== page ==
Florida’s natural resources are ranked as some of the best in the world. With hundreds of miles of coastlines and more than 35 natural springs in Florida, our state’s natural resources should be protected in sustainable ways that address long-term issues not only for today, but for future generations.
Currently, Florida has some of the toughest water standards in the nation, recently prompting the U.S. Environmental Protection Agency to withdraw its overlapping water rules in favor of Florida’s scientifically-backed numeric nutrient criteria (NNC).
SB 1576, better known as the springs bill, wishes to prescribe programming for springs protection that don’t take into account current restoration efforts and programs being conducted by the Florida Department of Environmental Protection (DEP). Unfortunately, the legislation was also stripped of nearly all funding for policy implementation. Despite the lack of funding to adequately protect Florida’s springs, the Florida Senate today passed SB 1576.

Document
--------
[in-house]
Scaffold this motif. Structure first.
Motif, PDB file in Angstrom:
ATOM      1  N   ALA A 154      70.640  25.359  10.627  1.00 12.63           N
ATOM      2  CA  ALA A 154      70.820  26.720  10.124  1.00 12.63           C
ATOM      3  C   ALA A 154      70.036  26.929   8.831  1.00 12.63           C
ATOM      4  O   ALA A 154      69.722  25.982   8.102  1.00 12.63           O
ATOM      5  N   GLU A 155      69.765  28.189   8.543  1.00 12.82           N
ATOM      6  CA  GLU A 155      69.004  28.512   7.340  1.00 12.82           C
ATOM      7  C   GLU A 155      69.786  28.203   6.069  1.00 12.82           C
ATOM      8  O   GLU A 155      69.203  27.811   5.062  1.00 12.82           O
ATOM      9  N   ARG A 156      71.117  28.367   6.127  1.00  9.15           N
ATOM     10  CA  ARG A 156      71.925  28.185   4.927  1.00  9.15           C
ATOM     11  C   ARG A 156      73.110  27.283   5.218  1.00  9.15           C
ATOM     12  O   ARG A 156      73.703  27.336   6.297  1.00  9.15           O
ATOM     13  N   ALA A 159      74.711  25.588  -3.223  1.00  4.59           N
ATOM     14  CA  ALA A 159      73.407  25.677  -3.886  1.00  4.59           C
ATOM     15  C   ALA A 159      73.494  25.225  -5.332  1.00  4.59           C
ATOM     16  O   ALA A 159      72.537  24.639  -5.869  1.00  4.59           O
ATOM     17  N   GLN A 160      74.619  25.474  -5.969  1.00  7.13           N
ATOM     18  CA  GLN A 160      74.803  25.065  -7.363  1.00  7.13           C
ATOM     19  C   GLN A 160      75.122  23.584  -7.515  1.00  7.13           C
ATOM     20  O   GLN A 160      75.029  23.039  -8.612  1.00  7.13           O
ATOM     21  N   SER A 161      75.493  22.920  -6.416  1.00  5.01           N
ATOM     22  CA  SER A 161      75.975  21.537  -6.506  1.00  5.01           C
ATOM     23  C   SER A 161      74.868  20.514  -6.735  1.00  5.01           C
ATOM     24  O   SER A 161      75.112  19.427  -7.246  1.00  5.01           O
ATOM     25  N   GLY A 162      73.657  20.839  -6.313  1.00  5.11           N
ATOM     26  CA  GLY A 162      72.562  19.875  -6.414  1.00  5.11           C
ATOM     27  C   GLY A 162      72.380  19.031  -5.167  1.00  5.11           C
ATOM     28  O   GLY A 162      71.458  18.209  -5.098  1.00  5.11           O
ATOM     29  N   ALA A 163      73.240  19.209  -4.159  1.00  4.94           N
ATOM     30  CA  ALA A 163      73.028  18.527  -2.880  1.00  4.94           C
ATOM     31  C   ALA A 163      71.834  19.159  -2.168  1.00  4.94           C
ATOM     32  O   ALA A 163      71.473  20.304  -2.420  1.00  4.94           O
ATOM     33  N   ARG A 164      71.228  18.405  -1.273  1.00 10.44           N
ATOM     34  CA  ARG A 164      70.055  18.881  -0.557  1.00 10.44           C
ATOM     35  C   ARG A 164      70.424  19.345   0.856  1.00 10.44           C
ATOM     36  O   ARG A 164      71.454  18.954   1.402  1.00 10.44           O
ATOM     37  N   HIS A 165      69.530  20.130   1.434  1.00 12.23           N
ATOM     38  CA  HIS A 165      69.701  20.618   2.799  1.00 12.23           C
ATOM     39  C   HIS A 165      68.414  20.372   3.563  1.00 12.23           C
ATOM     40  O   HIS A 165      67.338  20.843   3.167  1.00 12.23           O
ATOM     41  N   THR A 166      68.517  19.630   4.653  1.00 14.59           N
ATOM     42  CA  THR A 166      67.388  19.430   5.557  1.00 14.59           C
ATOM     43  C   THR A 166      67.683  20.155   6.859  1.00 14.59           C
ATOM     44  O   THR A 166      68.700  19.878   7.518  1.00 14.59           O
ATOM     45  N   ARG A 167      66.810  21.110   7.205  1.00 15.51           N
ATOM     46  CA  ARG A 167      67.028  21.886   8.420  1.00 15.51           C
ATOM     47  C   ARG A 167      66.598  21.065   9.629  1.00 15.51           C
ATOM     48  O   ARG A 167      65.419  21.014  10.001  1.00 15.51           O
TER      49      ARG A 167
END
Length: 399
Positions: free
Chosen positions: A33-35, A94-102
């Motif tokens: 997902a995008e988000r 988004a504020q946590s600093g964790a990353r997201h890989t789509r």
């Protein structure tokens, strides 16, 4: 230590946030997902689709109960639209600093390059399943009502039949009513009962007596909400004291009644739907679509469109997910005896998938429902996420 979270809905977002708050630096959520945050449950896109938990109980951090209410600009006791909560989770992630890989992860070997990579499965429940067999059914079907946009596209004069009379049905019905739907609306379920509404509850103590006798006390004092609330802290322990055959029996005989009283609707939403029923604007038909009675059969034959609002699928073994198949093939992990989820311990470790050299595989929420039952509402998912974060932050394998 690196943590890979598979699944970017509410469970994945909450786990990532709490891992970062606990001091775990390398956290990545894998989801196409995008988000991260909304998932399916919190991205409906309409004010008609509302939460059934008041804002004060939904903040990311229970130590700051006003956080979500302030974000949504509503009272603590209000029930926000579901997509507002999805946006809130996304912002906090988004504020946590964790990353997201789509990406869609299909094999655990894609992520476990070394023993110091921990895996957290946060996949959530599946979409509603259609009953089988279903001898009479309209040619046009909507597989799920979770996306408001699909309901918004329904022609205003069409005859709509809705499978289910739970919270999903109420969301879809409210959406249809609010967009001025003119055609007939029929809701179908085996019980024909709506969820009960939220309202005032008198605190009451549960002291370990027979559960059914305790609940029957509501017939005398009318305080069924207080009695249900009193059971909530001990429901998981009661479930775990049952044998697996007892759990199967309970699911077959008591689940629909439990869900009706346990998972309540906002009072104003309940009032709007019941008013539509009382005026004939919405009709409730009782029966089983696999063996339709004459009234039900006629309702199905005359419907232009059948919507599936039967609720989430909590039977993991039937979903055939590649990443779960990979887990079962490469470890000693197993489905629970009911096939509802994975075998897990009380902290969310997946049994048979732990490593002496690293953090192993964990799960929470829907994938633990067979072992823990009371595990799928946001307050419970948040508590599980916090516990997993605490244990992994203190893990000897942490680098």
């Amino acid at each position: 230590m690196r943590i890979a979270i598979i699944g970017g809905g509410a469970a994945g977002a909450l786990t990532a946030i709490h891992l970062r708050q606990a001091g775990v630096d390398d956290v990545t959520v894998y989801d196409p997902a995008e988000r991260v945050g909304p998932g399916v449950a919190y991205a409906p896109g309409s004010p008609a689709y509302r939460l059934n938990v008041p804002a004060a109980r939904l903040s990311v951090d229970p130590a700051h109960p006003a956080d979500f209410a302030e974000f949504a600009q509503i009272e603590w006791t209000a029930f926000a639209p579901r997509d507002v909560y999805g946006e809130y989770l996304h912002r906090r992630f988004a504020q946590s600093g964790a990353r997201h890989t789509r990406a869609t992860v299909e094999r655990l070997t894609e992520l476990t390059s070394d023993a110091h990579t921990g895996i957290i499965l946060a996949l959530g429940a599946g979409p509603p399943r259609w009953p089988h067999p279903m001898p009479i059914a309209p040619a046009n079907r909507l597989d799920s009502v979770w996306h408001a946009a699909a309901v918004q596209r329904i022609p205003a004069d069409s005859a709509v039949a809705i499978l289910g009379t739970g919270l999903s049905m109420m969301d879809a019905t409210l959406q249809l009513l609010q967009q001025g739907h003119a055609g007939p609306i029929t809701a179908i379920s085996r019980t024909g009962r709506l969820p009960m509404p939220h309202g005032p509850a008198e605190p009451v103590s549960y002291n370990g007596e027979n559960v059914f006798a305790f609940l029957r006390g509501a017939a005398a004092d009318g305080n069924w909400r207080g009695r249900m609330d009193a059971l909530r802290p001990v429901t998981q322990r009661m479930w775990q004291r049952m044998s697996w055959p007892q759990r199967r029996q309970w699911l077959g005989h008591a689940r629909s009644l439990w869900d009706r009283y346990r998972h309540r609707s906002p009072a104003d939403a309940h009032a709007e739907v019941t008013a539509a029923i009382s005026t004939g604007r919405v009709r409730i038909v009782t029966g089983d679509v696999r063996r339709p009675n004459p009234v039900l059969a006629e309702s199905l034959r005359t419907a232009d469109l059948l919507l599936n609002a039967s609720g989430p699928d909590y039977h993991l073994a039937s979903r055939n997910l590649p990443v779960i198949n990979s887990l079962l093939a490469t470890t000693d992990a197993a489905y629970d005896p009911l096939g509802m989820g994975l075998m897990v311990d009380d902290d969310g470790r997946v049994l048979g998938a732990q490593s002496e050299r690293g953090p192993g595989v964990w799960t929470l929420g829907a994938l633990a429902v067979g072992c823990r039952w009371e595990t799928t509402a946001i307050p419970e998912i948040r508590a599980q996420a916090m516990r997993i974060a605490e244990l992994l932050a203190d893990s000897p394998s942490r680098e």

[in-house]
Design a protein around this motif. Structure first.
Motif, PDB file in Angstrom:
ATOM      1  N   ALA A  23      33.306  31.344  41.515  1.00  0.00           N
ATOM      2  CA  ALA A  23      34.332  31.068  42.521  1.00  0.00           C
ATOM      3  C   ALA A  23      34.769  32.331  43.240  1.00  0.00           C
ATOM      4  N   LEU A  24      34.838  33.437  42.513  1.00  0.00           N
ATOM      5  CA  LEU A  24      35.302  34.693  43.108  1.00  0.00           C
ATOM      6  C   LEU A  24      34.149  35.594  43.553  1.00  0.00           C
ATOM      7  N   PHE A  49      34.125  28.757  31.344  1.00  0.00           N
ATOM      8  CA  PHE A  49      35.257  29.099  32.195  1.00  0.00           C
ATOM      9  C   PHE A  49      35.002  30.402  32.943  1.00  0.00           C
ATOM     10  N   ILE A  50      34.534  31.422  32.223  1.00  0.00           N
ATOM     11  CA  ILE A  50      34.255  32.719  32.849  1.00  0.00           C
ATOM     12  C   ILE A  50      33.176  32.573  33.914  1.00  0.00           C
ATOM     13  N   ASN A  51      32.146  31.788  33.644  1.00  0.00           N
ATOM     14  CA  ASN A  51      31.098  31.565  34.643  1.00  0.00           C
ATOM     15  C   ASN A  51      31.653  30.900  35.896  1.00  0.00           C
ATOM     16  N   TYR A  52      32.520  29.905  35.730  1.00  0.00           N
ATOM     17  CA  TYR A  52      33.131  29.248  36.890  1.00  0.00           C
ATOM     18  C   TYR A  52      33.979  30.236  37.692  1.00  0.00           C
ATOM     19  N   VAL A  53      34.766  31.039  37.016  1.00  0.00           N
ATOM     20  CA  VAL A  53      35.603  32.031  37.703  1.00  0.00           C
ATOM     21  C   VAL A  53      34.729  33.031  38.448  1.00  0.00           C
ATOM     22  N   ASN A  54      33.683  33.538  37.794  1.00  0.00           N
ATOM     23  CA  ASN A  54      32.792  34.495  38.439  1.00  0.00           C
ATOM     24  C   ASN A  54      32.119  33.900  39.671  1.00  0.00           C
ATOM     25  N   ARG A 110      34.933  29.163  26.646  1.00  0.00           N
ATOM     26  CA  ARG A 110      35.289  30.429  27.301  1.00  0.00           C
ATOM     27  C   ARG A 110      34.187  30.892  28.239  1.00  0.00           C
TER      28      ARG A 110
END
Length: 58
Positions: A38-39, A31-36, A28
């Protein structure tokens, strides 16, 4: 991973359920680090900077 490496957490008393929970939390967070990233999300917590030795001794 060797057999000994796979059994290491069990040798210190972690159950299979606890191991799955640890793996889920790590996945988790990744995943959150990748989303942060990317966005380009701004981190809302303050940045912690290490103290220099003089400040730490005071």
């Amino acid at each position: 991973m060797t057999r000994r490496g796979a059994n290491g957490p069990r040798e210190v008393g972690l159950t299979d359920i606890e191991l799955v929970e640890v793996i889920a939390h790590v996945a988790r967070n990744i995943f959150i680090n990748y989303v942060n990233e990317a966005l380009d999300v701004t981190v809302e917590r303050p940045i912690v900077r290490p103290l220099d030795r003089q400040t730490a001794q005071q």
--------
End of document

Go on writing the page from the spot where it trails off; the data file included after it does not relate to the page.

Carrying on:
The Florida Chamber believes science-based policy and solutions for springs protection are necessary to maintain our world class environmental assets. It is also important that water policy regarding springs and other water bodies is balanced with water quality standards that will protect Florida’s natural resources and promote sustainable economic growth – while working in concert with the DEP’s efforts to comply with newly created NNC criteria for all water bodies. The Florida Chamber believes a springs bill needs to address all of the critical elements needed in a comprehensive springs policy and unfortunately, SB 1576 does not.